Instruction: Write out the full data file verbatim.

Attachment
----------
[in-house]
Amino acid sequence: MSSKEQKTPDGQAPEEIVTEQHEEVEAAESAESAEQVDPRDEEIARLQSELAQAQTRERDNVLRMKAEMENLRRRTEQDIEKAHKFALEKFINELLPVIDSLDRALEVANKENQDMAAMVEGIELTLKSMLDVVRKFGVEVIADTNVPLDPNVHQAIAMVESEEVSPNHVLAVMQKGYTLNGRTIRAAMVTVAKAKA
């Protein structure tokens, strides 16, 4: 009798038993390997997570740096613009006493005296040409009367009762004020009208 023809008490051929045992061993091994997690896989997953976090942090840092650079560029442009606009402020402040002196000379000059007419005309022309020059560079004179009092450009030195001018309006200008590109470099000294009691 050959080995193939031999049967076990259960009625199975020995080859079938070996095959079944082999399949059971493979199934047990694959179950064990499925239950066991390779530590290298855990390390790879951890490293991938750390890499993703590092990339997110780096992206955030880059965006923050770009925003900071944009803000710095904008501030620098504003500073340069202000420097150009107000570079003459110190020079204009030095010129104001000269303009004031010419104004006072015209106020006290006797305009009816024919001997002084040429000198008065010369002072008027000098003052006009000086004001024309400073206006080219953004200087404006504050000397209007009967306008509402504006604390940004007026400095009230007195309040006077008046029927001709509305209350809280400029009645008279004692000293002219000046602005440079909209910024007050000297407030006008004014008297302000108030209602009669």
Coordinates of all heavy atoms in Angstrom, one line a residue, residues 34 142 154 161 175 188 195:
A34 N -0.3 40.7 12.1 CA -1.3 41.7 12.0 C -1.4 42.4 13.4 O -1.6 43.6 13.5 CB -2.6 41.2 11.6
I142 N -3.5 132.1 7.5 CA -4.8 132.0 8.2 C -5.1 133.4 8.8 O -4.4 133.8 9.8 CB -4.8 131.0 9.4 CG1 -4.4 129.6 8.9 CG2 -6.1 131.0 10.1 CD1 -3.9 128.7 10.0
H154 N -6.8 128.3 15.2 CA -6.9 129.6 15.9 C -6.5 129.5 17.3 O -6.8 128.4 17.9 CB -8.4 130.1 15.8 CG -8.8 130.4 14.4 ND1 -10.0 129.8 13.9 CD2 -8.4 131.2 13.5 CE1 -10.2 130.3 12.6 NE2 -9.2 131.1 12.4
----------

[in-house]
Amino acid sequence: MSSKEQKTPDGQAPEEIVTEQHEEVEAAESAESAEQVDPRDEEIARLQSELAQAQTRERDNVLRMKAEMENLRRRTEQDIEKAHKFALEKFINELLPVIDSLDRALEVANKENQDMAAMVEGIELTLKSMLDVVRKFGVEVIADTNVPLDPNVHQAIAMVESEEVSPNHVLAVMQKGYTLNGRTIRAAMVTVAKAKA
């Protein structure tokens, strides 16, 4: 009798038993390997997570740096613009006493005296040409009367009762004020009208 023809008490051929045992061993091994997690896989997953976090942090840092650079560029442009606009402020402040002196000379000059007419005309022309020059560079004179009092450009030195001018309006200008590109470099000294009691 050959080995193939031999049967076990259960009625199975020995080859079938070996095959079944082999399949059971493979199934047990694959179950064990499925239950066991390779530590290298855990390390790879951890490293991938750390890499993703590092990339997110780096992206955030880059965006923050770009925003900071944009803000710095904008501030620098504003500073340069202000420097150009107000570079003459110190020079204009030095010129104001000269303009004031010419104004006072015209106020006290006797305009009816024919001997002084040429000198008065010369002072008027000098003052006009000086004001024309400073206006080219953004200087404006504050000397209007009967306008509402504006604390940004007026400095009230007195309040006077008046029927001709509305209350809280400029009645008279004692000293002219000046602005440079909209910024007050000297407030006008004014008297302000108030209602009669």
Coordinates of all heavy atoms in Angstrom, one line a residue, residues 34 142 154 161 175 188 195:
A34 N -0.3 40.7 12.1 CA -1.3 41.7 12.0 C -1.4 42.4 13.4 O -1.6 43.6 13.5 CB -2.6 41.2 11.6
I142 N -3.5 132.1 7.5 CA -4.8 132.0 8.2 C -5.1 133.4 8.8 O -4.4 133.8 9.8 CB -4.8 131.0 9.4 CG1 -4.4 129.6 8.9 CG2 -6.1 131.0 10.1 CD1 -3.9 128.7 10.0
H154 N -6.8 128.3 15.2 CA -6.9 129.6 15.9 C -6.5 129.5 17.3 O -6.8 128.4 17.9 CB -8.4 130.1 15.8 CG -8.8 130.4 14.4 ND1 -10.0 129.8 13.9 CD2 -8.4 131.2 13.5 CE1 -10.2 130.3 12.6 NE2 -9.2 131.1 12.4